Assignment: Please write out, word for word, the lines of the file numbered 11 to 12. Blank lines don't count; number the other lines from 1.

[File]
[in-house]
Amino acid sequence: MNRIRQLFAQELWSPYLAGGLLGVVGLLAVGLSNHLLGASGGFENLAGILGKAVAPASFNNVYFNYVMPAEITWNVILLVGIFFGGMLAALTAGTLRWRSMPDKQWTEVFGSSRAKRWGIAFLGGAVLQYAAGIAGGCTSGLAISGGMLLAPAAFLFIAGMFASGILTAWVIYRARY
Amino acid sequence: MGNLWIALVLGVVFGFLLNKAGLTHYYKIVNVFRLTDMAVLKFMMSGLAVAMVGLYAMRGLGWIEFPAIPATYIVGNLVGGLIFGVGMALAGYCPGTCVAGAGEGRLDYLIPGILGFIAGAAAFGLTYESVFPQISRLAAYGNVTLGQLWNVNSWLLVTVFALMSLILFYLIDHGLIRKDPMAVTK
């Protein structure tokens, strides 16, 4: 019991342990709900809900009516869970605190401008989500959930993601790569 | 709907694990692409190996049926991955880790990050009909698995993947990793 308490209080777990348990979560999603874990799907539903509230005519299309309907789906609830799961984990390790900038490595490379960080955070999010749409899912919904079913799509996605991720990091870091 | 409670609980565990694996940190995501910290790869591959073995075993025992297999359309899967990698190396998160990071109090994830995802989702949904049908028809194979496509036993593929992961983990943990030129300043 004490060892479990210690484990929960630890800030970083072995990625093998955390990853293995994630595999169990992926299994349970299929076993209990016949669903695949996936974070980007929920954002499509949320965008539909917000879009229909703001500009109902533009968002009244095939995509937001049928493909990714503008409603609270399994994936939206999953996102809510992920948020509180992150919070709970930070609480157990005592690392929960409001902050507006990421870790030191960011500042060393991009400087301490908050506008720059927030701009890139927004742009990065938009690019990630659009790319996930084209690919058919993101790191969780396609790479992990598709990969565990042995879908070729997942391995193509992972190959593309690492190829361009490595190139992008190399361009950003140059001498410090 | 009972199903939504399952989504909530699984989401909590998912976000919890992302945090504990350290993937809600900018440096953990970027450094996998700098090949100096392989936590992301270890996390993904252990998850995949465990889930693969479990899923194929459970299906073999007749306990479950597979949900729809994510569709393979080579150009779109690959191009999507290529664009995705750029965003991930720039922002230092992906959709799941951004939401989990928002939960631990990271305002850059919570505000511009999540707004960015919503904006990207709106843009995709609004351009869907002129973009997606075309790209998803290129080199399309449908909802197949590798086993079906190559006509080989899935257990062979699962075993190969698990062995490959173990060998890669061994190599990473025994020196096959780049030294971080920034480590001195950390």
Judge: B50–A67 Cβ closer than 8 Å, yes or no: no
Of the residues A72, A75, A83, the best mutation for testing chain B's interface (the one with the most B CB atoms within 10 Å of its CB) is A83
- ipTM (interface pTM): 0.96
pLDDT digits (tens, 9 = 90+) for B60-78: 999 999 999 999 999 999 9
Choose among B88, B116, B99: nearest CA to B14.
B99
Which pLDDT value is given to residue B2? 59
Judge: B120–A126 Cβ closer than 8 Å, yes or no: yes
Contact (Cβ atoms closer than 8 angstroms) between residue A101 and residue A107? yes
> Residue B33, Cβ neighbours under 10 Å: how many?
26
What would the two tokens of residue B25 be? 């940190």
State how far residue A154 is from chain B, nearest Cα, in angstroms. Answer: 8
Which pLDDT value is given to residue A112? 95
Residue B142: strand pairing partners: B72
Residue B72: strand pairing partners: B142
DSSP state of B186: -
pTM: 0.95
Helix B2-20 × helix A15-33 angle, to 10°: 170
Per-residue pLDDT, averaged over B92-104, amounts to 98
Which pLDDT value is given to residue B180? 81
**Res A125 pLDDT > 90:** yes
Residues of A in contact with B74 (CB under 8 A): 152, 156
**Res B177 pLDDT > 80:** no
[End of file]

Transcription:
Which pLDDT value is given to residue B2? 59
Judge: B120–A126 Cβ closer than 8 Å, yes or no: yes